That's the number of minutes Steve Nash is on pace to play this season.
That's about 54 minutes less than he played under Mike D'Antoni but is still a far cry from the 30 minutes per game, 70 games this season (or 2100 minutes total) that management put forth earlier in the season.
Congratulations, Suns fans, you got it right so far.
Phoenix Stan thinks I'm off-base wanting to sit Nash for the Thunder game, given that the team has played just one game in the past 9 days. However, I think NBA wear-and-tear is NBA wear-and-tear whenever it happens. I'm not worried about a little rust at this point in the season.
While there might be a lot of positives to sitting Nash and really working with the Nashless Suns team in the preseason laboratory NBA fans euphemistically call the Oklahoma City ThunderDome, I'm more focused on the negatives. Steve Nash has had to quit two games this year due to back spasms, playing just five and nine minutes in those games, including tonight's game against the Loud Noise. Why did we have to play Nash against the Thunder, only to have him crap out, even if the move was precautionary?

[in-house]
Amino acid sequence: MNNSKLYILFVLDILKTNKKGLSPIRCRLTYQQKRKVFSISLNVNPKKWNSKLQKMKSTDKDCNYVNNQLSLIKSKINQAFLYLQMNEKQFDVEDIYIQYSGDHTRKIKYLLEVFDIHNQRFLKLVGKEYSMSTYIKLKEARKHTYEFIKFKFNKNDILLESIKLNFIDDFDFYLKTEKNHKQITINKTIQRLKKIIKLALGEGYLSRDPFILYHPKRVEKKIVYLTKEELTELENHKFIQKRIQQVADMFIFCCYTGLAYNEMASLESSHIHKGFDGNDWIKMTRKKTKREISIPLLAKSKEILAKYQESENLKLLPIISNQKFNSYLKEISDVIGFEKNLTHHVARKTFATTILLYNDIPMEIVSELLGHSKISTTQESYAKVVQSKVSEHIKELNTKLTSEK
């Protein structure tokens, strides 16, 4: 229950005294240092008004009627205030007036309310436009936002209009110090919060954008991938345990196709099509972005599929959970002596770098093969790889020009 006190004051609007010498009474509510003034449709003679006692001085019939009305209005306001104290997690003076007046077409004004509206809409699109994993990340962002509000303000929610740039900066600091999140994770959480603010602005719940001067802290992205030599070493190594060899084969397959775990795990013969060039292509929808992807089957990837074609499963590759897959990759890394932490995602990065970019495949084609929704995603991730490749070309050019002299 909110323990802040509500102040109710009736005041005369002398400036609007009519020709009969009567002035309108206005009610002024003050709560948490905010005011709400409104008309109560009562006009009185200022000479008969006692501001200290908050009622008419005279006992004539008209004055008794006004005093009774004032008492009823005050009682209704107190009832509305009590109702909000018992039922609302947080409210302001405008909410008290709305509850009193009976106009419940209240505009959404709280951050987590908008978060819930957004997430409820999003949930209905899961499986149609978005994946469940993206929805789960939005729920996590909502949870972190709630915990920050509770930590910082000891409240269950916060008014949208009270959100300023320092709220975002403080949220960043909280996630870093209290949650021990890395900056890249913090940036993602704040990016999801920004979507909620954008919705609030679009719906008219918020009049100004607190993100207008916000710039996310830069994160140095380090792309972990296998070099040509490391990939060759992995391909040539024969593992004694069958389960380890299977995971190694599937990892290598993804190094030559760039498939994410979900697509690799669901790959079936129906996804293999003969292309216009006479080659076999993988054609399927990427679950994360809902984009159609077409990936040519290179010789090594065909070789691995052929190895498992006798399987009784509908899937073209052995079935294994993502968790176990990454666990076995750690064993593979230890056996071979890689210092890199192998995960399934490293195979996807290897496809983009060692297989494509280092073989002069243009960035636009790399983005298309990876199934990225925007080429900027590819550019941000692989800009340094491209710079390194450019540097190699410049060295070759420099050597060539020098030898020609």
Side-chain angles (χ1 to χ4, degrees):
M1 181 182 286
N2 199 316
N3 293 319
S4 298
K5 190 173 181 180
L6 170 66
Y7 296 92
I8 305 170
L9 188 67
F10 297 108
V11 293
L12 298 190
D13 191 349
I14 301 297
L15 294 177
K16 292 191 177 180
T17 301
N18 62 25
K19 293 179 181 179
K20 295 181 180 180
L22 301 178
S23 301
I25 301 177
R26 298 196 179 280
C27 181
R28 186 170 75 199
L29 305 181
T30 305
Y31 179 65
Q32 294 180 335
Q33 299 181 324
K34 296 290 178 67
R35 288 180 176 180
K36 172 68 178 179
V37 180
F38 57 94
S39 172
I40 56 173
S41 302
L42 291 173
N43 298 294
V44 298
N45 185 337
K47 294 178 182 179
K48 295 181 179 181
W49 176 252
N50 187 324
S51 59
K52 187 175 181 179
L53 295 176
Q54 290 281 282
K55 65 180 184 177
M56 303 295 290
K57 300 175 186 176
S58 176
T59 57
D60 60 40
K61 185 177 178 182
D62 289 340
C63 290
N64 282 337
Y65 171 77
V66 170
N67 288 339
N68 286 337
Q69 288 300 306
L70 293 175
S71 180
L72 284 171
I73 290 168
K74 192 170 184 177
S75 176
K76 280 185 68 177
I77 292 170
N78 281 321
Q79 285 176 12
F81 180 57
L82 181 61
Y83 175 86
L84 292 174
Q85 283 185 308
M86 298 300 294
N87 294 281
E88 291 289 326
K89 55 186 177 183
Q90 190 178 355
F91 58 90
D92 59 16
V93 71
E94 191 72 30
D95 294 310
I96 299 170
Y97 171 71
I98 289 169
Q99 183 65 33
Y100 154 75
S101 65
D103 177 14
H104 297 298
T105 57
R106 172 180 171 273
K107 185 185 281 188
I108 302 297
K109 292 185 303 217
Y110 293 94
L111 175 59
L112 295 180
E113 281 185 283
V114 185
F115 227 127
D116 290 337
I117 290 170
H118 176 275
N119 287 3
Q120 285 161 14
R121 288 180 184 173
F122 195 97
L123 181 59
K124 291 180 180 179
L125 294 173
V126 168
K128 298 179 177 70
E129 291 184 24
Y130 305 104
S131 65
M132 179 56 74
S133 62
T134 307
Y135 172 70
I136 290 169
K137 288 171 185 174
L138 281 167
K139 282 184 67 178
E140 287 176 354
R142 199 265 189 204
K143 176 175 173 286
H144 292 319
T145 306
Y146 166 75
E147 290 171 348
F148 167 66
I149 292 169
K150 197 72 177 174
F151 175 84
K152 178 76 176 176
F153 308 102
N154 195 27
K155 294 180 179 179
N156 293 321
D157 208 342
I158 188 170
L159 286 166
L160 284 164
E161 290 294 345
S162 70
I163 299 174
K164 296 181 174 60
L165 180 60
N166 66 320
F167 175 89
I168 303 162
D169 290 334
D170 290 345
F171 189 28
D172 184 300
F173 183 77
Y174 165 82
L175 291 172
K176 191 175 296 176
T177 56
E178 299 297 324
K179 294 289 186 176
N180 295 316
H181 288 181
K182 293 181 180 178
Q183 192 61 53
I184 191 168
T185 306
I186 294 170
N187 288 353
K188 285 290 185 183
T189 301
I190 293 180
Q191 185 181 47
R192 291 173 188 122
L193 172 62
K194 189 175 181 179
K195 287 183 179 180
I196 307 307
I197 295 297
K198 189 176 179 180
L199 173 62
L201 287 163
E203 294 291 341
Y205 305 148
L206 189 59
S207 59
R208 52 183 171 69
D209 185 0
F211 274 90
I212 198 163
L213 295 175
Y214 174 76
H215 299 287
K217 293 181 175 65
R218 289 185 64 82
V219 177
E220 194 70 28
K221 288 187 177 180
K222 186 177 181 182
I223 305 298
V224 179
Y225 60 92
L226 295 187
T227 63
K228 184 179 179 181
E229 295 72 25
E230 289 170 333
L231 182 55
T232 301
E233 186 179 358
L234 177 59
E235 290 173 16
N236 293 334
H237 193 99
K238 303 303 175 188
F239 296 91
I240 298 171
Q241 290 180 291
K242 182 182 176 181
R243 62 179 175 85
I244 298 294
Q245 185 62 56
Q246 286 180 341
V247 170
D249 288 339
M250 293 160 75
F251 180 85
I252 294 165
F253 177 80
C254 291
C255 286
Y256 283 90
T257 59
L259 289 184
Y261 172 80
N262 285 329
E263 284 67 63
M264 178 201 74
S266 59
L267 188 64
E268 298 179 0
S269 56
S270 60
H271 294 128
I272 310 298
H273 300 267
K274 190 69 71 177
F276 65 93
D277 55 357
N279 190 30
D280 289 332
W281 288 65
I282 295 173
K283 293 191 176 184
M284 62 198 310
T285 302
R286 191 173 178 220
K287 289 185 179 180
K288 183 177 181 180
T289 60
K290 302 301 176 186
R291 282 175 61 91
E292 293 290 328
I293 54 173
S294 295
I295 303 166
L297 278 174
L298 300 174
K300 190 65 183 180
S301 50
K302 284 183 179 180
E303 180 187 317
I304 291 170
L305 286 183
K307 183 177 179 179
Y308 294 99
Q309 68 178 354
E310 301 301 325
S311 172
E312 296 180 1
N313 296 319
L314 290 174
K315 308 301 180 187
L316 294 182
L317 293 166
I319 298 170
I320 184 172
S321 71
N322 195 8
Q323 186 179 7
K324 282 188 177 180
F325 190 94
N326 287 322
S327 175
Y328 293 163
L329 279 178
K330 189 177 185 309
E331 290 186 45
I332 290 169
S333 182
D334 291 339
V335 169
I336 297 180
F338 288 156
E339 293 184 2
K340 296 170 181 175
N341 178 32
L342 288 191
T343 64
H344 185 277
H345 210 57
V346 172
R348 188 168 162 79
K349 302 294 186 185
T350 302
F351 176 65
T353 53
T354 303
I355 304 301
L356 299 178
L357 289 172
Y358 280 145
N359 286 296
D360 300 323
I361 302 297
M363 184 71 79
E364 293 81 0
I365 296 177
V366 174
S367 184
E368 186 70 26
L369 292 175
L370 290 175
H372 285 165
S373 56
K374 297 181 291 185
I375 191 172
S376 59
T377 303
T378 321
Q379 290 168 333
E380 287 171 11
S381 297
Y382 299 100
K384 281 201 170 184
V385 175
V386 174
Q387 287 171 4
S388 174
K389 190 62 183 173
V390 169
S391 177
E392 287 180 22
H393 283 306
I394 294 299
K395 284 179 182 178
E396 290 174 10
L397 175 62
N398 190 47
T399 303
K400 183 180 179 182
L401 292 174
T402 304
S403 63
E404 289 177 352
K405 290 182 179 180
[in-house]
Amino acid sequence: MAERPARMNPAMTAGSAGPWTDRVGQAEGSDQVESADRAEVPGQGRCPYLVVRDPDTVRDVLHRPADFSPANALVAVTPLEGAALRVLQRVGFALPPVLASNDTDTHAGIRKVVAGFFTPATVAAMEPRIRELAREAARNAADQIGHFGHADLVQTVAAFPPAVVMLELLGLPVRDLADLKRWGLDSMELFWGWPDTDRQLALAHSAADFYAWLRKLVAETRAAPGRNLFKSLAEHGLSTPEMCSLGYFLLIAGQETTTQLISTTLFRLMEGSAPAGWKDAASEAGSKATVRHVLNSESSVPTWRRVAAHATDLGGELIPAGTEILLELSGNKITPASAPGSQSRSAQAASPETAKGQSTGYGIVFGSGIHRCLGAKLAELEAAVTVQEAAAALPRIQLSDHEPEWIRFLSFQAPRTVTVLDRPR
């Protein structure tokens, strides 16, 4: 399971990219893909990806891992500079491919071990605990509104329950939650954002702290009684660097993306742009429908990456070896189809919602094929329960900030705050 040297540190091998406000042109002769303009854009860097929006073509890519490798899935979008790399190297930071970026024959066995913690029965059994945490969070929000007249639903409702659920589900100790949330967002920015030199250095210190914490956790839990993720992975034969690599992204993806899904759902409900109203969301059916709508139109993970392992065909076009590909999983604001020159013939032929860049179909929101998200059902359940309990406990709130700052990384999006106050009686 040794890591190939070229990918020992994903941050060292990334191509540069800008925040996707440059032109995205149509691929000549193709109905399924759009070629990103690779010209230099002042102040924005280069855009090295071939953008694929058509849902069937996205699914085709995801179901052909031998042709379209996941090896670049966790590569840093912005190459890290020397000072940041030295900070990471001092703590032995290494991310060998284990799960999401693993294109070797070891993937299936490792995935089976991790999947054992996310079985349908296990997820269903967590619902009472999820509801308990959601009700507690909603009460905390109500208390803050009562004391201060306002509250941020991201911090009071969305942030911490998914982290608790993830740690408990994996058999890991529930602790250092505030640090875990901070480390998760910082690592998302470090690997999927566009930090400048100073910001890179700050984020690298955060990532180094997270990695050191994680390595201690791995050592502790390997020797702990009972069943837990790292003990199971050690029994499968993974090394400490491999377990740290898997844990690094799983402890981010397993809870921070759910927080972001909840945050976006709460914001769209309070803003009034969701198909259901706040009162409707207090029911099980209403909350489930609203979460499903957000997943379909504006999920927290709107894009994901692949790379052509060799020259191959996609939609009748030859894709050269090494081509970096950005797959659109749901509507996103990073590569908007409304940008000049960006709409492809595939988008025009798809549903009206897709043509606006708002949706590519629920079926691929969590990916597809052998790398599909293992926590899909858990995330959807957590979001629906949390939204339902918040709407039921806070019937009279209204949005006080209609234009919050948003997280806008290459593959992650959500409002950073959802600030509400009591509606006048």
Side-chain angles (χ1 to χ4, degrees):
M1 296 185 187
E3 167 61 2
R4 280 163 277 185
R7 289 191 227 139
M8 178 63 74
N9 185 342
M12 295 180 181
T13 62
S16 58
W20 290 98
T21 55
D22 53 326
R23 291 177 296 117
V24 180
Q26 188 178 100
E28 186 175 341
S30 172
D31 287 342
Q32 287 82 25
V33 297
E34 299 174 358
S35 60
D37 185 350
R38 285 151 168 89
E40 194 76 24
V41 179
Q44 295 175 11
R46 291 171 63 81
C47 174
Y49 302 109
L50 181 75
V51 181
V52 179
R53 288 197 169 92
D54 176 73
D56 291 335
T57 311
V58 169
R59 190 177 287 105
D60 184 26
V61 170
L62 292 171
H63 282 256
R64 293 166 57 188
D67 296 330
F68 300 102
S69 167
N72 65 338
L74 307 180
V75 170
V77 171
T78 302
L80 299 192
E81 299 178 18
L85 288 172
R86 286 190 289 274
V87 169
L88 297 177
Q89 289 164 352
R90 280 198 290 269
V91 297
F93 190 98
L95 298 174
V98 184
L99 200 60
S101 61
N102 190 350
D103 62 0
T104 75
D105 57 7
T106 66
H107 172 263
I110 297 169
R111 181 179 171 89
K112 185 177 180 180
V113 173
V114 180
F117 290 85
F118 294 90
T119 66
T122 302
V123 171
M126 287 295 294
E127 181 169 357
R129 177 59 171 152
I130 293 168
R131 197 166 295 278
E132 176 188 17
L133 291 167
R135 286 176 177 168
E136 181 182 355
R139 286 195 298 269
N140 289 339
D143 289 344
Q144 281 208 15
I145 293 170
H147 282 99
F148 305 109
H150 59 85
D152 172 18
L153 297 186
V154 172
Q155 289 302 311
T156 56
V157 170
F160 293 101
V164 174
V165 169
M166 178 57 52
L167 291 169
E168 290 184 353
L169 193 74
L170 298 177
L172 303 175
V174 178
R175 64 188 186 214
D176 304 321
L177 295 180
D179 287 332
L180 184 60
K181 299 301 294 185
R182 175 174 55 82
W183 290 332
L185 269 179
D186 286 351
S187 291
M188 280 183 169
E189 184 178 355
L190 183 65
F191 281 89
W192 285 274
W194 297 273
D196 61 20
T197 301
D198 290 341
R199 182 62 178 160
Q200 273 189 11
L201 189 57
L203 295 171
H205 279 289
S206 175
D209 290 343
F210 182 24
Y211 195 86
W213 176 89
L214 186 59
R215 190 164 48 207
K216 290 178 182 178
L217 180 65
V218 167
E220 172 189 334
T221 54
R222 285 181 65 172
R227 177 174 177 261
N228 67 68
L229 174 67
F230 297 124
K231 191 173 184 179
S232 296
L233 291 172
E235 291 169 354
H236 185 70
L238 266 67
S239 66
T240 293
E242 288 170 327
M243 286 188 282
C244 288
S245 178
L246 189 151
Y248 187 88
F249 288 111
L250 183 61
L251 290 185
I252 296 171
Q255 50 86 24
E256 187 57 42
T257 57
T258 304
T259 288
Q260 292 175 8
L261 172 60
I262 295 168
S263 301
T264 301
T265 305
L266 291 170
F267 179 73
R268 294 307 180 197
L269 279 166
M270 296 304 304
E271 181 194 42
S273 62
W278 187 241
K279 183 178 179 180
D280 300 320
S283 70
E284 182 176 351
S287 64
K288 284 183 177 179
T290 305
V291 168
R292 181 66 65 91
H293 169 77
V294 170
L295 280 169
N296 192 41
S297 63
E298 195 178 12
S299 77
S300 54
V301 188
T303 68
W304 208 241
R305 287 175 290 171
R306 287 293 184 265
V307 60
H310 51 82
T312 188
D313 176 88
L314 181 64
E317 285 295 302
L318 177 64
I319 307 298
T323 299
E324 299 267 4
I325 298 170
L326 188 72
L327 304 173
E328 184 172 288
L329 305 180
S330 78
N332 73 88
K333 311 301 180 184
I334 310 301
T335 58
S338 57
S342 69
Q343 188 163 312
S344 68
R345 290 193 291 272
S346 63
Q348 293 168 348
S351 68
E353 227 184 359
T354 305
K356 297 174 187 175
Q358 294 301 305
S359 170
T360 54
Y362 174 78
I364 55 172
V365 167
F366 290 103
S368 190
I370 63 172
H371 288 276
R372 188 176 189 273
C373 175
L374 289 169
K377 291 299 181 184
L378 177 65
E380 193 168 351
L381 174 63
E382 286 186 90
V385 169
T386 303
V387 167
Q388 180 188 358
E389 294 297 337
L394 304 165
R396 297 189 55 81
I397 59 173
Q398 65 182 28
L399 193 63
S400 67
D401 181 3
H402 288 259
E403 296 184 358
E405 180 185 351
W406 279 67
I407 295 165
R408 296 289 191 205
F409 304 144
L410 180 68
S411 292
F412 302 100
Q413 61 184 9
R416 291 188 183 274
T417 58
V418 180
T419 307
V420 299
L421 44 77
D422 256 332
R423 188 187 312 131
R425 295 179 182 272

To this point, P Stan made this observation:
I think as I understand Nash’s body – and clearly its a focus of mine – he tends to stiffen up if he rests too long. So if you want him in the game and productive at the end you kind of have to play him enough minutes to stay ready.
(and yeah, I wanted to point out that sexy post again)
Whether Nash usage rises as the playoff hunt intensifies is an open question. All I know is that to date, the Suns still need Steve Nash on the floor and that the none of the plans in the past five years to get him more rest has worked. We have swapped out the GM, the coach, all but 2 other players, dozens of wannabe PGs.
I think we inch closer to the goal, but I'm through hoping for a magical solution there. And not to complain too much about this lofty 2% improvement, but I do hope we save the the player a little bit more and try to rely on the other players a bit more.